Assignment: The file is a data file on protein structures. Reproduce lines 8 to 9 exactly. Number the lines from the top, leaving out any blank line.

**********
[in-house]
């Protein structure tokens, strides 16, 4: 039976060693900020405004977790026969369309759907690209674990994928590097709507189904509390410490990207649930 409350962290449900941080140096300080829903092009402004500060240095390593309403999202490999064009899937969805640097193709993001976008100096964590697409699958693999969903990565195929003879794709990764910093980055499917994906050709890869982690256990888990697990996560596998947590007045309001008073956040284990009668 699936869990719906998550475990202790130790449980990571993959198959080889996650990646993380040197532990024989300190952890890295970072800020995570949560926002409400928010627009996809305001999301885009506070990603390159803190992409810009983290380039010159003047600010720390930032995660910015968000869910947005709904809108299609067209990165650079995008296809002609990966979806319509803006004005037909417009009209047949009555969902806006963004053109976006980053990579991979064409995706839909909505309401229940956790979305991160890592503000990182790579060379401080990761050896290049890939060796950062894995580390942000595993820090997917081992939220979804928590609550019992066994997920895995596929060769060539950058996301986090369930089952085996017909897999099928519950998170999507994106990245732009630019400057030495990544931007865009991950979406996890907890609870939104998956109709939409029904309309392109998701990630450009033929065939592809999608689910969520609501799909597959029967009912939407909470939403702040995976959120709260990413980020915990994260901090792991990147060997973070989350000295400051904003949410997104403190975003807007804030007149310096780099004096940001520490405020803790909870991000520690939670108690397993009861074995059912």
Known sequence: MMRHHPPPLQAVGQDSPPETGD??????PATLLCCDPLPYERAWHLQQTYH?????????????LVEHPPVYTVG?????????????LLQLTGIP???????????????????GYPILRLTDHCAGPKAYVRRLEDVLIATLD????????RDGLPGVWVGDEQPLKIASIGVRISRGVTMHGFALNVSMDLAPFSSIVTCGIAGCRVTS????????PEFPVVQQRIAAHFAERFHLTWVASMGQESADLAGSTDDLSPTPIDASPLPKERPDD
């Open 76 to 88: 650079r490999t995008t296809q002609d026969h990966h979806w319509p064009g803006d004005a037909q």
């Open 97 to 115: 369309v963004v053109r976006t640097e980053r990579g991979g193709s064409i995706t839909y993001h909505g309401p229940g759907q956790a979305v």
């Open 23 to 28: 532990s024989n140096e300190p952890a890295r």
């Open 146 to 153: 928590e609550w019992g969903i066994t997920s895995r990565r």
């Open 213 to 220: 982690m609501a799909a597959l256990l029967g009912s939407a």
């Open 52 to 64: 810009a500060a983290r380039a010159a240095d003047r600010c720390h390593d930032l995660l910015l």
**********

């Open 213 to 220: 982690m609501a799909a597959l256990l029967g009912s939407a």
């Open 52 to 64: 810009a500060a983290r380039a010159a240095d003047r600010c720390h390593d930032l995660l910015l």